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That's just not true, the world isn't a Tom Clancy novel where the US versus China is decided by some magic bombs that suddenly appear.

Look at the Iran-Iraq war for the level of casualties that some potential enemies are capable of taking (half a million fighting age males dead on Iran's side). North Korea having 9 million military age personnel brought up in a personality cult. Let along China and the size of their armed forces.

The USA lost four thousand in Iraq, two and a half thousand in Afghanistan. The UK lost nineteen thousand men dead on the first day of the Somme in 1916, do you really imagine a Western nation losing that many for any conflict today? To be honest even in a war of national survival I doubt it.

We lack the political will to sustain conventional war. The military knows it and acts accordingly.

I'm not certain what aspect of my reply you're disagreeing with. Are you saying that it's not true that we've been maintaining the ability to fight more than two wars? Assuming that's the point...

Your reply seems focused on the quantity of soldiers. This is an important factor, but I was primarily considering overall spending, which obviously includes lots of capital expense, logistical stuff, etc., aside from the personnel. I believe that the level of investment in military hardware and the like is significantly higher than would be required for a successful war on two fronts (assuming that there exists such a thing as "successful war" these days).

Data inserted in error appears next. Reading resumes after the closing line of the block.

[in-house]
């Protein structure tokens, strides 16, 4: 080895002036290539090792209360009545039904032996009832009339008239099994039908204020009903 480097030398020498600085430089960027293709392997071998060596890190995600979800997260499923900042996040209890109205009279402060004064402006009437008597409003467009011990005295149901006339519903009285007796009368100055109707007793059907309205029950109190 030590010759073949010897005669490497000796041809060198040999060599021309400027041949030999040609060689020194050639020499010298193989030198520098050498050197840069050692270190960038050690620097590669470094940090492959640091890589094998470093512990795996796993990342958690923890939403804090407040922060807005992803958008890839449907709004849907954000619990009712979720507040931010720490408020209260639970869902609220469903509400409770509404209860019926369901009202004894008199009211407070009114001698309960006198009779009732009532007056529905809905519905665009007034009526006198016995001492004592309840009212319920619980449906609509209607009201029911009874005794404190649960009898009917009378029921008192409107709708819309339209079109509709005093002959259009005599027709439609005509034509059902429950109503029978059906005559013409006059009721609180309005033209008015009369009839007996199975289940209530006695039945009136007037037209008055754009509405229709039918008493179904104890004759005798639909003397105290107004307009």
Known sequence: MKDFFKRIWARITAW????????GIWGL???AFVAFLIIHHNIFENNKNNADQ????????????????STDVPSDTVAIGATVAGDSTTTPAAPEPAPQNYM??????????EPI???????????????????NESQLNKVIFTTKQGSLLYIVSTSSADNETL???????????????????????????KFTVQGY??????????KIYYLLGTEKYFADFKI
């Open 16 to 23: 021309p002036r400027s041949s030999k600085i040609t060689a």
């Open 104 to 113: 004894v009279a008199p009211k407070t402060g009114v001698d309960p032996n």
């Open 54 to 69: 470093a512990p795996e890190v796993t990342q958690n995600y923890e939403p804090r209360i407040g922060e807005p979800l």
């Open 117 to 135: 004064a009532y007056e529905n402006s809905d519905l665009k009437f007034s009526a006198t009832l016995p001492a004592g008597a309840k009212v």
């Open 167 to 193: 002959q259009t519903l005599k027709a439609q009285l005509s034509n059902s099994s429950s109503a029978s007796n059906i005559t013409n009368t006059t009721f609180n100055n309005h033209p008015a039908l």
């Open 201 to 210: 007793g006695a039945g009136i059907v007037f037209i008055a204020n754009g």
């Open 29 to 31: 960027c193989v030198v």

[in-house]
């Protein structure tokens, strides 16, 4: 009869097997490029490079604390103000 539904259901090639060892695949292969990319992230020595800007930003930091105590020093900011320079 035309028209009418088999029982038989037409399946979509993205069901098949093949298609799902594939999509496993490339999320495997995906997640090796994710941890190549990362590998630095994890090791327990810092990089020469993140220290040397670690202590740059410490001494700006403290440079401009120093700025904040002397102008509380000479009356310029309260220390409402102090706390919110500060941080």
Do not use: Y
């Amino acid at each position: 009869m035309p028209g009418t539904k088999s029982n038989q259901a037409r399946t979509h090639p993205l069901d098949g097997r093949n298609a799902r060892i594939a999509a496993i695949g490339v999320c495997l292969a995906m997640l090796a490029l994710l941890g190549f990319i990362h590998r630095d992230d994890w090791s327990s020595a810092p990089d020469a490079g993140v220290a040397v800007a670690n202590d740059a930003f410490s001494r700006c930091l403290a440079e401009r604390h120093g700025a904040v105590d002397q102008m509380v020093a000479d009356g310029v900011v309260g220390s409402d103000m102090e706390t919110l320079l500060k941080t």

The US military is designed to win by a modern version of blitzkrieg, not by grinding out a victory in a war of attrition. They want to win like Germany did in the Battle of France, not like the Soviet Union did at Stalingrad.

It's why the Iranians had over 1 million casualties taking on Iraq. And several years later, the US rolled over the Iraqi military with 1,000 causalities.

So sure, the US can't successfully invade China, but it would sink the entire Peoples Navy and defend Taiwan, Japan and S. Korea.

World War I and horrors like the Somme were a product of decades of training, indoctrination and religious connection to national policy.

We don't do that anymore... Because a full total war is too expensive -- when the US suffers a loss of 20,000 men in a day, a button will be pushed in a silo somewhere and cities will vaporize.

That's why North Korea exists today.

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